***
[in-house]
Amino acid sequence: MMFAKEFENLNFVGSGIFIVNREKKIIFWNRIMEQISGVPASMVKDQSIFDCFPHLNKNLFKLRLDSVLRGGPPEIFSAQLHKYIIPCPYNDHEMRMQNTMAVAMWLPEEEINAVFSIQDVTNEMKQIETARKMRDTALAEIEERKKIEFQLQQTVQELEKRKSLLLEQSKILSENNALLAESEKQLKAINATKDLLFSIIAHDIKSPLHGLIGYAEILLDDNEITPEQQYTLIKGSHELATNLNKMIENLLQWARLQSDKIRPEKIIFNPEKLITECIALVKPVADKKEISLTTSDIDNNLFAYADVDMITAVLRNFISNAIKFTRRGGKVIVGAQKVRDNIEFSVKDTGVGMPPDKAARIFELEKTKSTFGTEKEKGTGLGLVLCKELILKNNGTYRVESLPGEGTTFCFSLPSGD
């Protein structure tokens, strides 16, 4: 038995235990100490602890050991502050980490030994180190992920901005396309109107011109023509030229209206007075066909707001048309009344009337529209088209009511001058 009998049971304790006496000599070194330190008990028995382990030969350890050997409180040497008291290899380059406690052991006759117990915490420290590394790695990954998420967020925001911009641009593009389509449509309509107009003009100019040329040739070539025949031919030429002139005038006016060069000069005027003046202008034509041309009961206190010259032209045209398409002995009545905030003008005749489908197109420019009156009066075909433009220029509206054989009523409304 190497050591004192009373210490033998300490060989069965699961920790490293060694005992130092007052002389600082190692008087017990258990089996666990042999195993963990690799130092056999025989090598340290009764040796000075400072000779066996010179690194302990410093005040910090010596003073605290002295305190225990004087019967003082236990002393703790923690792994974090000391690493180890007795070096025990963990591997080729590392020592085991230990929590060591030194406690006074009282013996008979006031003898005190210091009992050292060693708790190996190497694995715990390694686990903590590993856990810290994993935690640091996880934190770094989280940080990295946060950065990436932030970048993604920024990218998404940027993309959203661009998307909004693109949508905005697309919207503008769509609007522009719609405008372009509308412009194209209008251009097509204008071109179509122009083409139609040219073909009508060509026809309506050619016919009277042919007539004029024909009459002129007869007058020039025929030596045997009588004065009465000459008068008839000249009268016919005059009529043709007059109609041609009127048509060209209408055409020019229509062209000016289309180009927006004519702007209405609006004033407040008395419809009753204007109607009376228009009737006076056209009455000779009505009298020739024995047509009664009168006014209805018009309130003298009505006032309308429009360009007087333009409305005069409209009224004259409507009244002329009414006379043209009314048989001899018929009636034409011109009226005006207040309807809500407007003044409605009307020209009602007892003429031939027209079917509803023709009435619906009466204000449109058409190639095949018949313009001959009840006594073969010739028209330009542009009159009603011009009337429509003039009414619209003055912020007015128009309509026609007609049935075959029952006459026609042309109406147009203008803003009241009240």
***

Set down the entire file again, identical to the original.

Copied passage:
[in-house]
Amino acid sequence: MMFAKEFENLNFVGSGIFIVNREKKIIFWNRIMEQISGVPASMVKDQSIFDCFPHLNKNLFKLRLDSVLRGGPPEIFSAQLHKYIIPCPYNDHEMRMQNTMAVAMWLPEEEINAVFSIQDVTNEMKQIETARKMRDTALAEIEERKKIEFQLQQTVQELEKRKSLLLEQSKILSENNALLAESEKQLKAINATKDLLFSIIAHDIKSPLHGLIGYAEILLDDNEITPEQQYTLIKGSHELATNLNKMIENLLQWARLQSDKIRPEKIIFNPEKLITECIALVKPVADKKEISLTTSDIDNNLFAYADVDMITAVLRNFISNAIKFTRRGGKVIVGAQKVRDNIEFSVKDTGVGMPPDKAARIFELEKTKSTFGTEKEKGTGLGLVLCKELILKNNGTYRVESLPGEGTTFCFSLPSGD
């Protein structure tokens, strides 16, 4: 038995235990100490602890050991502050980490030994180190992920901005396309109107011109023509030229209206007075066909707001048309009344009337529209088209009511001058 009998049971304790006496000599070194330190008990028995382990030969350890050997409180040497008291290899380059406690052991006759117990915490420290590394790695990954998420967020925001911009641009593009389509449509309509107009003009100019040329040739070539025949031919030429002139005038006016060069000069005027003046202008034509041309009961206190010259032209045209398409002995009545905030003008005749489908197109420019009156009066075909433009220029509206054989009523409304 190497050591004192009373210490033998300490060989069965699961920790490293060694005992130092007052002389600082190692008087017990258990089996666990042999195993963990690799130092056999025989090598340290009764040796000075400072000779066996010179690194302990410093005040910090010596003073605290002295305190225990004087019967003082236990002393703790923690792994974090000391690493180890007795070096025990963990591997080729590392020592085991230990929590060591030194406690006074009282013996008979006031003898005190210091009992050292060693708790190996190497694995715990390694686990903590590993856990810290994993935690640091996880934190770094989280940080990295946060950065990436932030970048993604920024990218998404940027993309959203661009998307909004693109949508905005697309919207503008769509609007522009719609405008372009509308412009194209209008251009097509204008071109179509122009083409139609040219073909009508060509026809309506050619016919009277042919007539004029024909009459002129007869007058020039025929030596045997009588004065009465000459008068008839000249009268016919005059009529043709007059109609041609009127048509060209209408055409020019229509062209000016289309180009927006004519702007209405609006004033407040008395419809009753204007109607009376228009009737006076056209009455000779009505009298020739024995047509009664009168006014209805018009309130003298009505006032309308429009360009007087333009409305005069409209009224004259409507009244002329009414006379043209009314048989001899018929009636034409011109009226005006207040309807809500407007003044409605009307020209009602007892003429031939027209079917509803023709009435619906009466204000449109058409190639095949018949313009001959009840006594073969010739028209330009542009009159009603011009009337429509003039009414619209003055912020007015128009309509026609007609049935075959029952006459026609042309109406147009203008803003009241009240």